Another Attempt To Find The Tropical Hotspot!

Originally posted on NOT A LOT OF PEOPLE KNOW THAT:

By Paul Homewood

In his latest rant against deniers, David Holub referred to an article in the Guardian which was, even by their standards, particularly misleading.


Written by the notoriously unreliable John Abraham, it says:

A very important study was just published in the Journal of Climate a few days ago. This paper, in my mind, makes a major step toward reconciling differences in satellite temperature records of the mid-troposphere region. As before, it is found that the scientists (and politicians) who have cast doubt on global warming in the past are shown to be outliers because of bias in their results.

It is known that there is a problem because there are multiple groups that create satellite temperature records. For instance, NOAA, Remote Sensing Systems (RSS), and the University of Alabama Huntsville (UAH). The problem is, their results don’t agree with each other. In particular, the…

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Definition of ‘climate’ changing faster than at any time in last 1000 years


It’s worse than we thought ;)

Originally posted on CLIMATE NUREMBERG:

According to an alarming new analysis of the climate corpus, natural concept change can’t account for the dramatic saltations we’re witnessing in what scientists say the Earth’s climate means.

Climate philologists say the motion of the dial far exceeds background rates of semantic drift, and shows no sign of damping. They’re now worried that—with recent disturbances in weather,consensus,acidification,pollution,skeptic,global,conspiracist,conspiratorial,trick,hide,what the peer-reviewed literature is,the scientific method,knowledge,evidence and other traditionally stable concepts—verbal weirding could represent a new normal.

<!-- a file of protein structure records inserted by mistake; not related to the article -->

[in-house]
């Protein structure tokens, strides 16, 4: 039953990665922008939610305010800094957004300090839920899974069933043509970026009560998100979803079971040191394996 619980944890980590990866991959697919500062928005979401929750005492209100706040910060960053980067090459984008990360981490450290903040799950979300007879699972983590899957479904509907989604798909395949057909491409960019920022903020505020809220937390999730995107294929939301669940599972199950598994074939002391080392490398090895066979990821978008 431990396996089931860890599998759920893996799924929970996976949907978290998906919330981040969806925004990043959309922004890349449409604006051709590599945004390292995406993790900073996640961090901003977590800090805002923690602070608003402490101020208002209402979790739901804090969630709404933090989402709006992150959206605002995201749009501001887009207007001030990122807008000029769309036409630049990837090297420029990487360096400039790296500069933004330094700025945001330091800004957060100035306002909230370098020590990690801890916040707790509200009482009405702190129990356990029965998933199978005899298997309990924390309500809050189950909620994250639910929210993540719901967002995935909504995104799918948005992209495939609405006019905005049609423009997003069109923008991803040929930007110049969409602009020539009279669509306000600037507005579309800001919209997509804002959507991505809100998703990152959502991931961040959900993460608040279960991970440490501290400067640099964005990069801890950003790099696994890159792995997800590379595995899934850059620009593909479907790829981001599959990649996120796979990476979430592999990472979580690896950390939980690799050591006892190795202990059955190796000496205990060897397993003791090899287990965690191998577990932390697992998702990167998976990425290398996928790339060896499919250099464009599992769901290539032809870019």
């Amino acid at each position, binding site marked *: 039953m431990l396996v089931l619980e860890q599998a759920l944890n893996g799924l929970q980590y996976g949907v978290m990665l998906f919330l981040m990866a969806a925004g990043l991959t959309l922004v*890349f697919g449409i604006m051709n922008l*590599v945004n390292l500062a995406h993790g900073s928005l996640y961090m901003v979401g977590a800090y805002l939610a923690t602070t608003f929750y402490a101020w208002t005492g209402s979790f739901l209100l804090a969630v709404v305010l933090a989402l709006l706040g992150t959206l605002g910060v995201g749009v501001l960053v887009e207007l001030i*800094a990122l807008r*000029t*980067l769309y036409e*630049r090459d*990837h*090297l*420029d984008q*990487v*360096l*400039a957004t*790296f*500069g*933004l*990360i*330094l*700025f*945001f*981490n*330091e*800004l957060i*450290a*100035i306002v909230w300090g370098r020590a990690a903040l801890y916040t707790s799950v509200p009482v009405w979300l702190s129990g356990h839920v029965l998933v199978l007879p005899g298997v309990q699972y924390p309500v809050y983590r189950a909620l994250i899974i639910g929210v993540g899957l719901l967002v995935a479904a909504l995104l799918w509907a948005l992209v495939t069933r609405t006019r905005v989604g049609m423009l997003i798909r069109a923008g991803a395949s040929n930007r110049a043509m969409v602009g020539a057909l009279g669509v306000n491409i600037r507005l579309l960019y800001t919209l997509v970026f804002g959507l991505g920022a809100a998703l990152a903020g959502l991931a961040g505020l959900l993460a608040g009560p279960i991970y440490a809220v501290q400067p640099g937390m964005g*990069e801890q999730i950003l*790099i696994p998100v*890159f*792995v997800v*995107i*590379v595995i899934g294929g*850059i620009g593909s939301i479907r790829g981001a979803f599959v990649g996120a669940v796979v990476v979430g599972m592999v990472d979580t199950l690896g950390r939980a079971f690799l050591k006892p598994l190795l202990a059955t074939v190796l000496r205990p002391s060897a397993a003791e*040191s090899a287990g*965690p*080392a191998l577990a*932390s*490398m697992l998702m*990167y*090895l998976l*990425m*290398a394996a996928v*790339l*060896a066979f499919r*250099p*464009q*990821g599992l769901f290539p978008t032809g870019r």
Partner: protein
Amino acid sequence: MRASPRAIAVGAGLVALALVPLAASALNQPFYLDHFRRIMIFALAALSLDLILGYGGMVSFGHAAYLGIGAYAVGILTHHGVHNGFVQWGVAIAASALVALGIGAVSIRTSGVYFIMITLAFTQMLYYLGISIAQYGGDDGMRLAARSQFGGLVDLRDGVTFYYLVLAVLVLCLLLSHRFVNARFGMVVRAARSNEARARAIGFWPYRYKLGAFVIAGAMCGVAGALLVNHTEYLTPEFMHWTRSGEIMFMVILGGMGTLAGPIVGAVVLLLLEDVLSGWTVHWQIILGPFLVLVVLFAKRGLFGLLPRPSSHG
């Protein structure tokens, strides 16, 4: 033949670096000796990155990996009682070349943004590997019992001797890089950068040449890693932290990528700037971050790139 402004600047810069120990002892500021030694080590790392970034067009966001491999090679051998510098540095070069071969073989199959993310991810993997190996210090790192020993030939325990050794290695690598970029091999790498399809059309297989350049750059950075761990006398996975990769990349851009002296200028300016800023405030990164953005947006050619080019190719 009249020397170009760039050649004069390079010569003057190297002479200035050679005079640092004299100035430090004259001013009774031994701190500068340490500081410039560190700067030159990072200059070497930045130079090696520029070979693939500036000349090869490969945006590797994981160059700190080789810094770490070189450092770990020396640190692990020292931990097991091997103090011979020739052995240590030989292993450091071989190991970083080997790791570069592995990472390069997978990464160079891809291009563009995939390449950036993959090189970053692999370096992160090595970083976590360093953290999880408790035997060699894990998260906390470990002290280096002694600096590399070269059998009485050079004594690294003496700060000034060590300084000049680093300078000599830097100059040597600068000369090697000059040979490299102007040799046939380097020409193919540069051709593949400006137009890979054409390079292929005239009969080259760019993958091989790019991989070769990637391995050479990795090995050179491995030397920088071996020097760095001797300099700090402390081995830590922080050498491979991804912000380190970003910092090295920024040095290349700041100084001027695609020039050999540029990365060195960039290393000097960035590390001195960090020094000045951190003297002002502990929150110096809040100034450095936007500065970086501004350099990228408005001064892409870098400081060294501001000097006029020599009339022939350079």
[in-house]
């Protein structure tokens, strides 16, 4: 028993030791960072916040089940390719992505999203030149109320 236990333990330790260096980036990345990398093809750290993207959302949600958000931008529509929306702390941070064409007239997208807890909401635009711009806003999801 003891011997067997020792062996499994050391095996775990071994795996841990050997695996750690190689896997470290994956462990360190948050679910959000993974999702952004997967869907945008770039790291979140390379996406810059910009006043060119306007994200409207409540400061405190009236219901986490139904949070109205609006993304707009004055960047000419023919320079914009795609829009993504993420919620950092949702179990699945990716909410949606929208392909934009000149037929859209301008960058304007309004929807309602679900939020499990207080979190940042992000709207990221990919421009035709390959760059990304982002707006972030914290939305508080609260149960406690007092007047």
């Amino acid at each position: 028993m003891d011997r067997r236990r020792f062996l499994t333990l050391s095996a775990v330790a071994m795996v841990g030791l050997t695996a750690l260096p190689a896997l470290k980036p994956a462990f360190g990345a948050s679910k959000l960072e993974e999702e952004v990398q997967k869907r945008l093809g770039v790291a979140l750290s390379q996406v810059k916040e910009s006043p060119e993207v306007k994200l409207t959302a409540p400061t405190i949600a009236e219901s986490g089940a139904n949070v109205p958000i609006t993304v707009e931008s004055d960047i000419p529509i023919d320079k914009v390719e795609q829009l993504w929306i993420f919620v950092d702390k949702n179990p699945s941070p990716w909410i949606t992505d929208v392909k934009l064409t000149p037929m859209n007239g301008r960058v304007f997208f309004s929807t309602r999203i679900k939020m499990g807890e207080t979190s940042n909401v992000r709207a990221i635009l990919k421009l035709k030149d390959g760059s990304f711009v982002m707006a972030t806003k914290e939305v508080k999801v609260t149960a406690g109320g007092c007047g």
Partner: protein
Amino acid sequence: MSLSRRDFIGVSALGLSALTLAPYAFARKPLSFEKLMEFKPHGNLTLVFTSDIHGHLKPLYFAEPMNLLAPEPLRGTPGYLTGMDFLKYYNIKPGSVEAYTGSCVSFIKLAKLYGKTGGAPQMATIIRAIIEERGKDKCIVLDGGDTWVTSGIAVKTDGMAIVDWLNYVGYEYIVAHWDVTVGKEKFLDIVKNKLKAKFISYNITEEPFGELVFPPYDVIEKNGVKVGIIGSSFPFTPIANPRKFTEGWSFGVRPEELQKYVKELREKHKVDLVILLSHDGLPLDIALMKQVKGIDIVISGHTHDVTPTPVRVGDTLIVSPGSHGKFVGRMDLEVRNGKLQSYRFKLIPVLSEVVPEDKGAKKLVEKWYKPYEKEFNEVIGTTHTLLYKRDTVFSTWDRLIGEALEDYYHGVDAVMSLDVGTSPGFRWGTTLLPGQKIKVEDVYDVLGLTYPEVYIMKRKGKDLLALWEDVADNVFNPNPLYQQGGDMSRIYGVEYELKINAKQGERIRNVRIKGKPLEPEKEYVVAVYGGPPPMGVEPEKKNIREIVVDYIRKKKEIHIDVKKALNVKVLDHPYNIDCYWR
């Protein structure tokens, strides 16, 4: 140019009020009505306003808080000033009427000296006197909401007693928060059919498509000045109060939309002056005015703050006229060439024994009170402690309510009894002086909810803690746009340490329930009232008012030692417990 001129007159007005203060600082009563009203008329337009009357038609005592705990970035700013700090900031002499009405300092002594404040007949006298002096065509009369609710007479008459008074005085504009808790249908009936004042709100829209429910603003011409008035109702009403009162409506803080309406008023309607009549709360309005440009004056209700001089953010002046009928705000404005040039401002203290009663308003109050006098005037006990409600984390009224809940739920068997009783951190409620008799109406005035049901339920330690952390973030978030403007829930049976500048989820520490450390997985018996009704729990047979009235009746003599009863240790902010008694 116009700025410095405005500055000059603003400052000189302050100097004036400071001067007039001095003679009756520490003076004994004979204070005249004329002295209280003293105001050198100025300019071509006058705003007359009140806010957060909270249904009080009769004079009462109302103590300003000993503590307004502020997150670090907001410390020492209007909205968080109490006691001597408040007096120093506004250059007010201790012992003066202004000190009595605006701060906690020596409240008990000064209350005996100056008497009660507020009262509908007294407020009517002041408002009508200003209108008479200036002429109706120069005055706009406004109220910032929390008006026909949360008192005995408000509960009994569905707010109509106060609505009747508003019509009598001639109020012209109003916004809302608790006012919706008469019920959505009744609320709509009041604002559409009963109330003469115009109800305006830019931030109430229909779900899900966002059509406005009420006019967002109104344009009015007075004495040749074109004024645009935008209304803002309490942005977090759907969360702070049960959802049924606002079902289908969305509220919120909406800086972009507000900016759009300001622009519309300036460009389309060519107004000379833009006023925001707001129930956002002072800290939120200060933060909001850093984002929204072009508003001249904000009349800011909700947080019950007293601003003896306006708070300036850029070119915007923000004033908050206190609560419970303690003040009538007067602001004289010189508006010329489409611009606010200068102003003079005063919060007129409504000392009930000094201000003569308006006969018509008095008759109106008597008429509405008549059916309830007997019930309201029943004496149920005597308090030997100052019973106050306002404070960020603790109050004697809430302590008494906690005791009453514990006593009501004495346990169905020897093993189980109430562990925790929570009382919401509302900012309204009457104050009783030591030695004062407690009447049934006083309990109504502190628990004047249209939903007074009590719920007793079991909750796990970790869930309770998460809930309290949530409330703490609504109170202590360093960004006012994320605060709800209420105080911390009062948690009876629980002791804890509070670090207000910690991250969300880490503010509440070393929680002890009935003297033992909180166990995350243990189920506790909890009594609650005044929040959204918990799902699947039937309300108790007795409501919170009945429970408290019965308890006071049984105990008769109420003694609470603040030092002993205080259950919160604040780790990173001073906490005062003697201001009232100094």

Stefan Lewandowsky, Bristol University’s Professor of Cognitive Science and a regular CN contributor, doesn’t need to see the data. He’s well aware that things are getting more frequent, because it’s happening to him. Anecdotally. It’s not unusual now, says Lewandowsky, to start work on a cli-psy paper and have no idea what a familiar and well-defined term will…

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From NASA Armstrong: “Schlieren Images Reveal Supersonic Shock Waves”

Originally posted on Science Springs:



NASA Armstrong Flight Research Center

Aug. 25, 2015
Peter Merlin, Public Affairs
NASA Armstrong Flight Research Center

1This schlieren image dramatically displays the shock wave of a supersonic jet flying over the Mojave Desert. Researchers used NASA-developed image processing software to remove the desert background, then combined and averaged multiple frames to produce a clear picture of the shock waves.
Credits: NASA Photo

NASA is using a 21st century version of schlieren imagery, invented by a German physicist in 1864, to visualize supersonic flow phenomena with full-scale aircraft in flight.
Credits: NASA Photo

NASA researchers in California are using a modern version of a 150-year-old German photography technique to capture images of shock waves created by supersonic airplanes. Over the past five years scientists from NASA’s Armstrong Flight Research Center at Edwards Air Force Base and Ames Research Center at Moffett Field have teamed up to demonstrate how schlieren imagery, invented in 1864 by…

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From COSMOS: “Could buckyballs make any metal into a magnet?”

Originally posted on Science Springs:

Cosmos Magazine bloc


24 Aug 2015
Viviane Richter

A layer of carbon can bestow the powers of magnetism. Viviane Richter explains.

1A magnetic field: Magnets have become crucially important in the computer age, so researchers are seeking to learn how to magnetise metals without the help of rare Earth elements.Credit: Science Photo Library / Getty Images